When the babies are just a little bigger they are moved to covered, outdoor pens and are very well cared for the first two years of their lives. After their 2nd birthday, they are placed in outdoor adaptation pens where they learn how to scavenge for food and right themselves if they turn over, basically learning how to be tortoises. The only natural predator of the tortoises is the Galapagos hawk, but it is only a threat to the young tortoises so the Center raises them until they are 5 years old before releasing them back to the wild. This conservation work is not cheap. From the time the eggs are collected until the 5-year old tortoises are released, the cost averages $5000 per tortoise.
Originally there were 14 species of giant tortoise on the
and they numbered in the millions but in the 18th and 19th century they were decimated by whalers who harvested them for food. These tortoises can live for a year without food or water, so they would stack them by the hundreds in the holds of their ships as a source of fresh meat while out at sea for long periods and invasive species on the islands further threatened them. Today there are only 10 viable species and one single member of a species from
, “Lonesome George” is the last of his kind. But the work of the Center has been very successful. The saddleback tortoises of Española were down to just 13 living animals, 2 males and 11 females. But captive breeding efforts were not going well until “Diego”, an Española tortoise at the San Diego Zoo, was sent home to the Galapagos to save his species. Diego jump started the breeding efforts, so to speak, and today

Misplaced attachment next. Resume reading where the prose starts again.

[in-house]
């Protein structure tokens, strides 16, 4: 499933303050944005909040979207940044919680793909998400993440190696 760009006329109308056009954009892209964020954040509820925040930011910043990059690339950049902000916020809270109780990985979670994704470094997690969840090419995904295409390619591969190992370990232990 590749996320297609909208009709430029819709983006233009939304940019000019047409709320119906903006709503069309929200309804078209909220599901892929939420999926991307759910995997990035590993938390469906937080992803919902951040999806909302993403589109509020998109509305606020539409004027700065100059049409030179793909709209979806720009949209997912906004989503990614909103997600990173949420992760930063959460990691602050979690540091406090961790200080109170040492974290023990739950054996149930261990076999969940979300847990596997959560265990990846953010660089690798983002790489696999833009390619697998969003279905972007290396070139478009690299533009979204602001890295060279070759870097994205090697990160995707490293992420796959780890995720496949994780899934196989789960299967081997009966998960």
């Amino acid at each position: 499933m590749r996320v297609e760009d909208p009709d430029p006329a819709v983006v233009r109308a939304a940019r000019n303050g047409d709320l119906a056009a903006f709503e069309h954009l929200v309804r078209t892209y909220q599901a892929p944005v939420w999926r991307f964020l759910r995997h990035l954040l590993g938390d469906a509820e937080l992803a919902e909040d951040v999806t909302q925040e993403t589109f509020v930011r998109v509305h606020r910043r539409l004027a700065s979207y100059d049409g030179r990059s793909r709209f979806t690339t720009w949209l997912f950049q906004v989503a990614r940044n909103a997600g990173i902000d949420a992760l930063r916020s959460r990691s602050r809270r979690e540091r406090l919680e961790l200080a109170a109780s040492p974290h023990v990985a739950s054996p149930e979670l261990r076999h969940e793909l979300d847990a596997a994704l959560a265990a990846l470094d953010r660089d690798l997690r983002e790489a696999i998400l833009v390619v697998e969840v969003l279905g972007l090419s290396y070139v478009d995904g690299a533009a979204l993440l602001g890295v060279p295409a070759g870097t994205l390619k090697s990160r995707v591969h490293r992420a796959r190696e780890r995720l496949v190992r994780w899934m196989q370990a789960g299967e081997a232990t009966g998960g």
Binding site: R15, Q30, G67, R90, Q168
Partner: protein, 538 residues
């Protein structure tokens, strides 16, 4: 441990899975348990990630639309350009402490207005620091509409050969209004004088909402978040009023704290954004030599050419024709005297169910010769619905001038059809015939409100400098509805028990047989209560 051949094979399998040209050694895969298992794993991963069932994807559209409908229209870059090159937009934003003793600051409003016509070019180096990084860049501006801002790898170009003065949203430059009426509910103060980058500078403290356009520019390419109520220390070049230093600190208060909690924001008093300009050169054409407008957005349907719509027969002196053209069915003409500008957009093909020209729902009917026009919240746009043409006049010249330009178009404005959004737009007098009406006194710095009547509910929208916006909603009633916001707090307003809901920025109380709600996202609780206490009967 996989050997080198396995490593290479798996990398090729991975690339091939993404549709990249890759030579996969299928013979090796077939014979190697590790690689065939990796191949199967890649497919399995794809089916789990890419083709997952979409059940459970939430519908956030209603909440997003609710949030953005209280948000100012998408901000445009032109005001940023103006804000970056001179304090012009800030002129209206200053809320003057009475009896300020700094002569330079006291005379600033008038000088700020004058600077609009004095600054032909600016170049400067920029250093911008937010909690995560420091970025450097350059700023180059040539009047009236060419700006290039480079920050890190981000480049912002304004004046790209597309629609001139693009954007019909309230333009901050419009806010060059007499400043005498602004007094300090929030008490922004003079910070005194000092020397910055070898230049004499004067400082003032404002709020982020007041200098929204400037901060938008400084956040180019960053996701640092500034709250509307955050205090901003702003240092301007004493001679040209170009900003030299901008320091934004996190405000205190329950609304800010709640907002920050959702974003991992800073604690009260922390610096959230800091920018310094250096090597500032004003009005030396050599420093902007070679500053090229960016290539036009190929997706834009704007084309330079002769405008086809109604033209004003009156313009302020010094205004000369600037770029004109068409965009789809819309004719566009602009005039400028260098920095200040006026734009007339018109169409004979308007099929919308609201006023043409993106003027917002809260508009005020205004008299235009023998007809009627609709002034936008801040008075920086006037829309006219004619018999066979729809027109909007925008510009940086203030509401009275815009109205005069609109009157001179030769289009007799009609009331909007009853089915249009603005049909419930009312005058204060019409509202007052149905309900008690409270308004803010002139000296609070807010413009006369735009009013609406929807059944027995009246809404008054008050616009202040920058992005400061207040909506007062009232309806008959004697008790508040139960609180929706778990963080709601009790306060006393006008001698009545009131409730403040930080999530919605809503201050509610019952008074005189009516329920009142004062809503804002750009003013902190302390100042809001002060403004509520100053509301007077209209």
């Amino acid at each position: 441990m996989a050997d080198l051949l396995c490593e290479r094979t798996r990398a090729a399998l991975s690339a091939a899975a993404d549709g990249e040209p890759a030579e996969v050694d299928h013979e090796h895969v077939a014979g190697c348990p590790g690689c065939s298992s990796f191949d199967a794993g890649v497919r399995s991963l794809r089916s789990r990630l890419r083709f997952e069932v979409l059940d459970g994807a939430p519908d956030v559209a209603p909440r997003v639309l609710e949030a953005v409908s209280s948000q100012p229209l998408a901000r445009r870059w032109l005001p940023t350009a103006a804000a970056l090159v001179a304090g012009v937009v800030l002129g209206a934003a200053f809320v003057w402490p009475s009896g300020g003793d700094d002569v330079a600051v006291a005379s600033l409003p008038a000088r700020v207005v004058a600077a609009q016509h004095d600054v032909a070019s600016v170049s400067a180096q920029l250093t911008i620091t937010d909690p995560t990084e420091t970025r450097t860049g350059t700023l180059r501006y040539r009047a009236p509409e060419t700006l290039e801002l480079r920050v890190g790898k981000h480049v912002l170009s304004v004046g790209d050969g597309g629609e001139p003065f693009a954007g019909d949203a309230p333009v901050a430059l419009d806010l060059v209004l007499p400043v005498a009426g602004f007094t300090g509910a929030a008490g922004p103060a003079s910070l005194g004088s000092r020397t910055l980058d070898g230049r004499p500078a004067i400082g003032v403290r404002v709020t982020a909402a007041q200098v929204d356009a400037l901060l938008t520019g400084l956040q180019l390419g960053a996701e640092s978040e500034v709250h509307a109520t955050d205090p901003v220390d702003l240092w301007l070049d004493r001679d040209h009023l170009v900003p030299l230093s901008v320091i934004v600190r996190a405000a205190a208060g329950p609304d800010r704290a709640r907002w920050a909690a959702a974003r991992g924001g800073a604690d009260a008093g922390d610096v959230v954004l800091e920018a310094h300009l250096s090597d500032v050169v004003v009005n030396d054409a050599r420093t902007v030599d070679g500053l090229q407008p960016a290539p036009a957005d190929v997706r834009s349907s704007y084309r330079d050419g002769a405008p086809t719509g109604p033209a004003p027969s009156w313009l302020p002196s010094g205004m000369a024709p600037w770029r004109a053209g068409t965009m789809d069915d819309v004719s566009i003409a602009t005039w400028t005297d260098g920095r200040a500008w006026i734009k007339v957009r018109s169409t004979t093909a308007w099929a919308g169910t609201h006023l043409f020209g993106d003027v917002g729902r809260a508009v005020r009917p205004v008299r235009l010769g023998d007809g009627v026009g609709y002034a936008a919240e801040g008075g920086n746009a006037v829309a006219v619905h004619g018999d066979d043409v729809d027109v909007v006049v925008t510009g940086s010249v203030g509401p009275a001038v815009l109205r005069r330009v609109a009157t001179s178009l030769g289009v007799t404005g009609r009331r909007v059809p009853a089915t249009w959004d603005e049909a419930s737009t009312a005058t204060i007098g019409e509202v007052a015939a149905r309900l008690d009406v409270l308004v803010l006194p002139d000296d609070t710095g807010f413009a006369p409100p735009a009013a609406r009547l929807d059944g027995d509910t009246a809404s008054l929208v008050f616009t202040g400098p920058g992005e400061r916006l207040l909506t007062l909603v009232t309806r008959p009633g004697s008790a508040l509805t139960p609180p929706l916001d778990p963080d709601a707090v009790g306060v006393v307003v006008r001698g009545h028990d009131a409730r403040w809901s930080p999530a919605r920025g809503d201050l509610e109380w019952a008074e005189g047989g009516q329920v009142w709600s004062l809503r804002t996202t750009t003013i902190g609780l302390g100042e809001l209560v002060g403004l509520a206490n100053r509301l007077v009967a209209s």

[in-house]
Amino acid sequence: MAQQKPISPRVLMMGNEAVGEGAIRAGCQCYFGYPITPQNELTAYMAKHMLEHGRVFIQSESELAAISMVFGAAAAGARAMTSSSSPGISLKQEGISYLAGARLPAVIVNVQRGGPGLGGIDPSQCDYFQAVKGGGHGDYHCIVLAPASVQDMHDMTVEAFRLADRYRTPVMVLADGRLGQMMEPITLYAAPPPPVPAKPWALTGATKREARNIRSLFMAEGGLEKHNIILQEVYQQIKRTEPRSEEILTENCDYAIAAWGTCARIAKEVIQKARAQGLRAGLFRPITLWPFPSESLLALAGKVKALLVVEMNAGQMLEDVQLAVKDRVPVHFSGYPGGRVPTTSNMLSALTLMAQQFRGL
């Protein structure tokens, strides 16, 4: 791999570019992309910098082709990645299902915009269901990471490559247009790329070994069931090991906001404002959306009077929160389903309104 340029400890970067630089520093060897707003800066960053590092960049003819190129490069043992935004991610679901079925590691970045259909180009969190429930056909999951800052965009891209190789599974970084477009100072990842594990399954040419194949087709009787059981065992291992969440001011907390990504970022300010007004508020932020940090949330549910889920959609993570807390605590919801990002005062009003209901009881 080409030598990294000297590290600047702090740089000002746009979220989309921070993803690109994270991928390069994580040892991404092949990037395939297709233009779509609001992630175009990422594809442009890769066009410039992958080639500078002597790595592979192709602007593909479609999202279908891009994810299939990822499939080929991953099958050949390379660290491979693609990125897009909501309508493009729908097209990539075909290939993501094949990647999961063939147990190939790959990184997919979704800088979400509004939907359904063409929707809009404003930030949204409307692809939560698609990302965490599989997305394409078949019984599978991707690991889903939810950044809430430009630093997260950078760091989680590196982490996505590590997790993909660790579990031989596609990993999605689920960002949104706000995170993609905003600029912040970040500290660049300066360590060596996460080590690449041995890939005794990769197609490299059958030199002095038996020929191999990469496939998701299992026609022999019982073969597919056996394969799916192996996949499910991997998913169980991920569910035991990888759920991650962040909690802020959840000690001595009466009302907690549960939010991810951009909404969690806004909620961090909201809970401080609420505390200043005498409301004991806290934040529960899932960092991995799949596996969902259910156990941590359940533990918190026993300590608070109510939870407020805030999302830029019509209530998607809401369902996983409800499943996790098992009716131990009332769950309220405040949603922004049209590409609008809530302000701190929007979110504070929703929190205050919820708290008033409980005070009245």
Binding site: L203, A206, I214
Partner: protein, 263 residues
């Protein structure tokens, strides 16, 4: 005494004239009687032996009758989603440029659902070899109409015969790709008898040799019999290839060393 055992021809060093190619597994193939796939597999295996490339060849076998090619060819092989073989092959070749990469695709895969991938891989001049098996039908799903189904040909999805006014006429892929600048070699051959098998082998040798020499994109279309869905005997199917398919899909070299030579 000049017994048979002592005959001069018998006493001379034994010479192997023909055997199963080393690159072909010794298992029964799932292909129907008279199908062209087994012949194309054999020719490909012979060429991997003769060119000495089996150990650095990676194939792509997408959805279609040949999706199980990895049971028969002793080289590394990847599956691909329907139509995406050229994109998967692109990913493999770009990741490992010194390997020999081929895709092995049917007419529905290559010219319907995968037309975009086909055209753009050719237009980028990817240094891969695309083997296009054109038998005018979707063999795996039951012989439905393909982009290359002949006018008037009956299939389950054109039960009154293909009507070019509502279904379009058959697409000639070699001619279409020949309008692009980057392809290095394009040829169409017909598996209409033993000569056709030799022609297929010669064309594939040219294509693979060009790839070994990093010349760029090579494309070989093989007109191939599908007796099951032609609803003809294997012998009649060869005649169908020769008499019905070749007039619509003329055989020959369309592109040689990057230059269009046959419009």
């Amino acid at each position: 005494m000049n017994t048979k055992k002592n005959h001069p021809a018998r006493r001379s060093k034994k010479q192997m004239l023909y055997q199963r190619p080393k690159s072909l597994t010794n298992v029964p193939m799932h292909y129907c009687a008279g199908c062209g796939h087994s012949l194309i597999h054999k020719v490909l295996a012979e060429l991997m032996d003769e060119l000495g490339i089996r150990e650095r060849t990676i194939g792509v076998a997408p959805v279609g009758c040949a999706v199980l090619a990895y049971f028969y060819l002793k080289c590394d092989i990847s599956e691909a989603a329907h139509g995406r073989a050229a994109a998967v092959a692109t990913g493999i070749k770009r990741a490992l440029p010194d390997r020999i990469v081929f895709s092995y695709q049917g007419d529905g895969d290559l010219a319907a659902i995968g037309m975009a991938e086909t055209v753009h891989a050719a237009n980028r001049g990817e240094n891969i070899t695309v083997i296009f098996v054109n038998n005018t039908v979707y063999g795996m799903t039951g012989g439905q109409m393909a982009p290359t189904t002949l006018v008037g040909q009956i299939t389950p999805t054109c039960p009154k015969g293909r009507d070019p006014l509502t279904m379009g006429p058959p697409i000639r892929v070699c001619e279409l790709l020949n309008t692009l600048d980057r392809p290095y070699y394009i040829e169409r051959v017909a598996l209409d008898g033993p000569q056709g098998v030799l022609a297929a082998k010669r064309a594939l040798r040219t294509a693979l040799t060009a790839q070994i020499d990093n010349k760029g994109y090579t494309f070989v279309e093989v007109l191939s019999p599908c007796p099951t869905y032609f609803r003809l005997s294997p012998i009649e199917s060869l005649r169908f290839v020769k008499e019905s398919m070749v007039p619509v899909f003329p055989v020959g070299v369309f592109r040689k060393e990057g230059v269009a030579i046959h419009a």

represents a shining example of the Center’s conservation efforts. One hundred percent of the invasive species have been eradicated from the island and there are now1500 Española tortoises repatriated to the island. By 2007 the Center aims to have all feral pigs and goats eradicated from the park areas. Roslyn said that if the combination of science and management can remove the invasive species the tortoises are going to survive.
After our visit to the
, the students split up to explore the area and get dinner. Tomorrow is a free day for the students, and we will be going on several different day trips of our own choosing.
To learn more about the efforts to restore the Galapagos tortoises visit the Charles Darwin Foundation at: